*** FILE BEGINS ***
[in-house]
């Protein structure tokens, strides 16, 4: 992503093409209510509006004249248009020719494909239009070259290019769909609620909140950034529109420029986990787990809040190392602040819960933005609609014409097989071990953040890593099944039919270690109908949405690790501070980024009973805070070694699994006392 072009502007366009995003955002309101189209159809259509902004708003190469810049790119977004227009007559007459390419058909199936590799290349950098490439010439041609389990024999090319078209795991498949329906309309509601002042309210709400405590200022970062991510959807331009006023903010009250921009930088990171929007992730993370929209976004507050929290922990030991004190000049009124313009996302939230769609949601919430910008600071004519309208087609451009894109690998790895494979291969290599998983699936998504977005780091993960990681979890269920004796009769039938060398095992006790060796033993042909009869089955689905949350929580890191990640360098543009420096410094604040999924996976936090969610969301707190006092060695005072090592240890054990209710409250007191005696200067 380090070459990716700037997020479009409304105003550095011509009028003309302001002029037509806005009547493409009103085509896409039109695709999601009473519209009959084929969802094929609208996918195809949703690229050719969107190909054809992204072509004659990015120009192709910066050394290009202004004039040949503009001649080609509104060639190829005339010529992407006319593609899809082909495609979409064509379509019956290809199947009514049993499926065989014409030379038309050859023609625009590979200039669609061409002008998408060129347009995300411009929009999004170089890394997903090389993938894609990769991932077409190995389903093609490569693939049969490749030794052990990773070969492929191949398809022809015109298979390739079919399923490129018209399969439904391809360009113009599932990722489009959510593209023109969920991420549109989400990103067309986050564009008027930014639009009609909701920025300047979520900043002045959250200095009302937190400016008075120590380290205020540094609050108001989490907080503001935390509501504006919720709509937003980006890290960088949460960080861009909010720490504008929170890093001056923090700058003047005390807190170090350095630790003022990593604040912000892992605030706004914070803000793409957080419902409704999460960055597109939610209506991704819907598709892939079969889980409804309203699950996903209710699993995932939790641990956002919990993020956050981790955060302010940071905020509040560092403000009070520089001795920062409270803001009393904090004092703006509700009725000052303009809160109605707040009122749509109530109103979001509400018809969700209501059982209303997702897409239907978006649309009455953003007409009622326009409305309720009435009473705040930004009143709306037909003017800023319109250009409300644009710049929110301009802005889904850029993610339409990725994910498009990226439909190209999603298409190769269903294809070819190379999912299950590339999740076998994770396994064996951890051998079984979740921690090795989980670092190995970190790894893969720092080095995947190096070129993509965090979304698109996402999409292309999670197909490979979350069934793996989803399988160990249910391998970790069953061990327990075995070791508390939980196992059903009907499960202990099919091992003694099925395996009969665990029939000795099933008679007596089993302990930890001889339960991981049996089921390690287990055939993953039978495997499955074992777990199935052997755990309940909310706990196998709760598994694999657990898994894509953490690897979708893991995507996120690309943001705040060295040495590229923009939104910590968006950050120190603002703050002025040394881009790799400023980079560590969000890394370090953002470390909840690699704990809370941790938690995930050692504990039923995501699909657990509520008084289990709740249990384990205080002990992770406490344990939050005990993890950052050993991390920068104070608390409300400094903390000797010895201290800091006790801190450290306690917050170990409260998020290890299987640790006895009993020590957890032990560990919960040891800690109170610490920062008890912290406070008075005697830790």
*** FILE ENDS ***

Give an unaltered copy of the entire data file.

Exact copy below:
[in-house]
């Protein structure tokens, strides 16, 4: 992503093409209510509006004249248009020719494909239009070259290019769909609620909140950034529109420029986990787990809040190392602040819960933005609609014409097989071990953040890593099944039919270690109908949405690790501070980024009973805070070694699994006392 072009502007366009995003955002309101189209159809259509902004708003190469810049790119977004227009007559007459390419058909199936590799290349950098490439010439041609389990024999090319078209795991498949329906309309509601002042309210709400405590200022970062991510959807331009006023903010009250921009930088990171929007992730993370929209976004507050929290922990030991004190000049009124313009996302939230769609949601919430910008600071004519309208087609451009894109690998790895494979291969290599998983699936998504977005780091993960990681979890269920004796009769039938060398095992006790060796033993042909009869089955689905949350929580890191990640360098543009420096410094604040999924996976936090969610969301707190006092060695005072090592240890054990209710409250007191005696200067 380090070459990716700037997020479009409304105003550095011509009028003309302001002029037509806005009547493409009103085509896409039109695709999601009473519209009959084929969802094929609208996918195809949703690229050719969107190909054809992204072509004659990015120009192709910066050394290009202004004039040949503009001649080609509104060639190829005339010529992407006319593609899809082909495609979409064509379509019956290809199947009514049993499926065989014409030379038309050859023609625009590979200039669609061409002008998408060129347009995300411009929009999004170089890394997903090389993938894609990769991932077409190995389903093609490569693939049969490749030794052990990773070969492929191949398809022809015109298979390739079919399923490129018209399969439904391809360009113009599932990722489009959510593209023109969920991420549109989400990103067309986050564009008027930014639009009609909701920025300047979520900043002045959250200095009302937190400016008075120590380290205020540094609050108001989490907080503001935390509501504006919720709509937003980006890290960088949460960080861009909010720490504008929170890093001056923090700058003047005390807190170090350095630790003022990593604040912000892992605030706004914070803000793409957080419902409704999460960055597109939610209506991704819907598709892939079969889980409804309203699950996903209710699993995932939790641990956002919990993020956050981790955060302010940071905020509040560092403000009070520089001795920062409270803001009393904090004092703006509700009725000052303009809160109605707040009122749509109530109103979001509400018809969700209501059982209303997702897409239907978006649309009455953003007409009622326009409305309720009435009473705040930004009143709306037909003017800023319109250009409300644009710049929110301009802005889904850029993610339409990725994910498009990226439909190209999603298409190769269903294809070819190379999912299950590339999740076998994770396994064996951890051998079984979740921690090795989980670092190995970190790894893969720092080095995947190096070129993509965090979304698109996402999409292309999670197909490979979350069934793996989803399988160990249910391998970790069953061990327990075995070791508390939980196992059903009907499960202990099919091992003694099925395996009969665990029939000795099933008679007596089993302990930890001889339960991981049996089921390690287990055939993953039978495997499955074992777990199935052997755990309940909310706990196998709760598994694999657990898994894509953490690897979708893991995507996120690309943001705040060295040495590229923009939104910590968006950050120190603002703050002025040394881009790799400023980079560590969000890394370090953002470390909840690699704990809370941790938690995930050692504990039923995501699909657990509520008084289990709740249990384990205080002990992770406490344990939050005990993890950052050993991390920068104070608390409300400094903390000797010895201290800091006790801190450290306690917050170990409260998020290890299987640790006895009993020590957890032990560990919960040891800690109170610490920062008890912290406070008075005697830790």